Saturday, February 01, 2014

Creative Commons CC-BY confusions

This discussion on CC Mixter illustrates some common confusion about CC licenses, in this case CC-BY. The first commenter asks whether it is considered legal or ethical to take songs that have been licensed as CC-BY and compile them into an album to sell. These three commenters appear to agree that this is legal. The first commenter is not convinced that this is ethical. The second commenter suggests that while this might be legal, it would make a lot of artists mad as they likely did not understand the implications when licensing their work CC-BY. I bring up this piece of anecdotal evidence as this fits my own experience that people using CC-BY licenses do not necessarily understand the implications of doing this. I would also like to argue that the name "Creative Commons" is somewhat misleading as the cultural notion of a commons is more akin to a common resource or set of resources that is shared by a community in an equitable way, while the CC licenses facilitate exploitive as well as community use. 

CC Mixter discussion: from

First post

So I was having a discussion with someone regarding the CC licensing model and we came up with a situation which seems to be a bit of an ethical dilemma and I wanted to get the opinions of some musicians that create CC content.

So, this is specifically regarding CC-BY licensed work. The situation we were considering is someone compiling a bunch of CC-BY songs into a single album (a mix CD I guess you’d say) and selling that album (assuming they attribute the original artists as required by the license of course).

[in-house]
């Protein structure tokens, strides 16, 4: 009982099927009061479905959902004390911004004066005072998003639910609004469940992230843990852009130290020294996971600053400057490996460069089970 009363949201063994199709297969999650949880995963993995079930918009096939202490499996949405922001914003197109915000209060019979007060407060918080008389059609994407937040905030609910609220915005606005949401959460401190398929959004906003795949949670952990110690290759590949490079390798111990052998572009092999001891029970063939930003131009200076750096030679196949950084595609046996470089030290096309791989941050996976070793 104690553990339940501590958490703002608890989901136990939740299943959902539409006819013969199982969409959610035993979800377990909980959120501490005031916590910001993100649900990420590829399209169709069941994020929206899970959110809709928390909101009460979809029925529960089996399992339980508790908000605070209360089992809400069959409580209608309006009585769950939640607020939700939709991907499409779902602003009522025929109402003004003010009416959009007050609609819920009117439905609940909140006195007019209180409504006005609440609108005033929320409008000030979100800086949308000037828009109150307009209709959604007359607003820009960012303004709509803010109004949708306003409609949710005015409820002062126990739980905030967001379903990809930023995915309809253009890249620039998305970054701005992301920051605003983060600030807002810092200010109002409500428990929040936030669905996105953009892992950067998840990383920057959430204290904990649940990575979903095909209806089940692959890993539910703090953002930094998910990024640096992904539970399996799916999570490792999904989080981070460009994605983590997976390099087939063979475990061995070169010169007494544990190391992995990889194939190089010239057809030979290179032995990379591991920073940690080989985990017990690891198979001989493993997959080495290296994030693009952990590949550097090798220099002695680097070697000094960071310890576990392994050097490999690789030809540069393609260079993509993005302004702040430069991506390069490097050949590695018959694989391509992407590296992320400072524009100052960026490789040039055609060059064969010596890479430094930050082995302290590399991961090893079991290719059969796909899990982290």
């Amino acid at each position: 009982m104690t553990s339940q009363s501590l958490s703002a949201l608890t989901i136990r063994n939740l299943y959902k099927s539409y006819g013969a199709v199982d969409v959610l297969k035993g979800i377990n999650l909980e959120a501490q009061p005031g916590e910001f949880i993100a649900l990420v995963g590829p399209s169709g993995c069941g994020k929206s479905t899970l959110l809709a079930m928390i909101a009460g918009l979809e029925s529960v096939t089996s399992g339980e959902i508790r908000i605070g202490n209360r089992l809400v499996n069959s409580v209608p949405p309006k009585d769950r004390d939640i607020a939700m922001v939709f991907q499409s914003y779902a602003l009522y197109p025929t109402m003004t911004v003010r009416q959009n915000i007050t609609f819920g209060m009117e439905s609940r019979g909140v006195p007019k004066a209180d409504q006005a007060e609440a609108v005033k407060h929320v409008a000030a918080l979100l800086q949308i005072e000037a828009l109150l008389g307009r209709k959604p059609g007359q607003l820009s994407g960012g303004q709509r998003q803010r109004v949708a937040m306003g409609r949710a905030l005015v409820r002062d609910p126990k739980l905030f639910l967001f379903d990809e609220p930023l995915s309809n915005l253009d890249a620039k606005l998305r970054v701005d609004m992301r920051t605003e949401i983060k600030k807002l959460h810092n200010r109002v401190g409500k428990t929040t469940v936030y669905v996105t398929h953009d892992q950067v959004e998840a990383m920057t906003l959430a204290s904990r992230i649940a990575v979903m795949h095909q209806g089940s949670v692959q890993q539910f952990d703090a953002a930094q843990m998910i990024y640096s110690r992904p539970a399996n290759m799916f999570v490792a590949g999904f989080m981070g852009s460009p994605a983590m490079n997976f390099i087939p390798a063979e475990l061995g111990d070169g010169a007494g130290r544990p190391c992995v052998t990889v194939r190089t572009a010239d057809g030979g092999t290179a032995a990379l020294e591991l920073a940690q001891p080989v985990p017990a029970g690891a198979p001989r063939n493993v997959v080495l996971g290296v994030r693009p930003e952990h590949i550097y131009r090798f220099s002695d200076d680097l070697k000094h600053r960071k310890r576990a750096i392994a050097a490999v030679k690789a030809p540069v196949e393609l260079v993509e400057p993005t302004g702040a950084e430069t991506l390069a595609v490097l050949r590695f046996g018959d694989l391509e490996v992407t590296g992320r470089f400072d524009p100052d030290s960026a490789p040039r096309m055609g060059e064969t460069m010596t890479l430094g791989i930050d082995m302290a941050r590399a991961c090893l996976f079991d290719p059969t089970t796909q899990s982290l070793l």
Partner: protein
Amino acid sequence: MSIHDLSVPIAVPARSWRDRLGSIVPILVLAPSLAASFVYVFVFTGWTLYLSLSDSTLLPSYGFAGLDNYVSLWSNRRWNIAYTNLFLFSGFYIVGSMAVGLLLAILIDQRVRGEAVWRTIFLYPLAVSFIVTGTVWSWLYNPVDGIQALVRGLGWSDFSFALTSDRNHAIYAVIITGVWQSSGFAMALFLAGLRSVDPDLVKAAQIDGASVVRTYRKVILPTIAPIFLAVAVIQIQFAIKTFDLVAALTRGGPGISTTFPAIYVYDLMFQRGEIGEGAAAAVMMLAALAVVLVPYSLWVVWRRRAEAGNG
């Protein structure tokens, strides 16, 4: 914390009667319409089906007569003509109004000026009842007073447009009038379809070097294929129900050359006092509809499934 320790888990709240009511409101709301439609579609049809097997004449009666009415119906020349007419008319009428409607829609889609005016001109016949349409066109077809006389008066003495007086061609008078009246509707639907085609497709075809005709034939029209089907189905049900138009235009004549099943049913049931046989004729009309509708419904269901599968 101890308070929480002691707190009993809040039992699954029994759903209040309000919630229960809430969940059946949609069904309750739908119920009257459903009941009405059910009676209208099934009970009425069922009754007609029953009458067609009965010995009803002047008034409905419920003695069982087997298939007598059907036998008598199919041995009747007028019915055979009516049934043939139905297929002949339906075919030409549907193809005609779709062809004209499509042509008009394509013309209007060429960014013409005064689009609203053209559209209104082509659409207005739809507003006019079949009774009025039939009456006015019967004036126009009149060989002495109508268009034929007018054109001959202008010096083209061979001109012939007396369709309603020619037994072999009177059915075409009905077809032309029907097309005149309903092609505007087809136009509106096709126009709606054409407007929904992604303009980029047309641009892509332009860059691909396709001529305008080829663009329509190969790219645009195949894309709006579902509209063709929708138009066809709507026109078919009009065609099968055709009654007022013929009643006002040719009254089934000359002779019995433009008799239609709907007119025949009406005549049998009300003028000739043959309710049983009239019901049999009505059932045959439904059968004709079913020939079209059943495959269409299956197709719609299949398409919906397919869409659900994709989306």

Now, based on the CC-BY license I am fairly certain that this is totally legal as there are no restrictions on what you can do with the music. The question is, is this ethical?

Comment by CC Mixter discussion participants

Commenter 1:  "It is 100% ethical, because that is precisely what the license is for.

I strongly believe many people would be upset about it; but in most cases that would be because they didn’t understand the full implications of licensing their music as CC-BY in the first place (things like licenses being non revocable, for instance)"

Commenter 2: "Anytime I license something CC-BY, I assume that it will be used for profit by someone else. Sometimes I seek material that is CC-BY so I can add to it and possibly put it on an album… for personal profit".

This post is part of the Open Access and Creative Commons critique series detailing my work-in-progress which is designed to explain important differences between open access per se and Creative Commons licenses which provide useful tools for open access but cannot be equated with open access.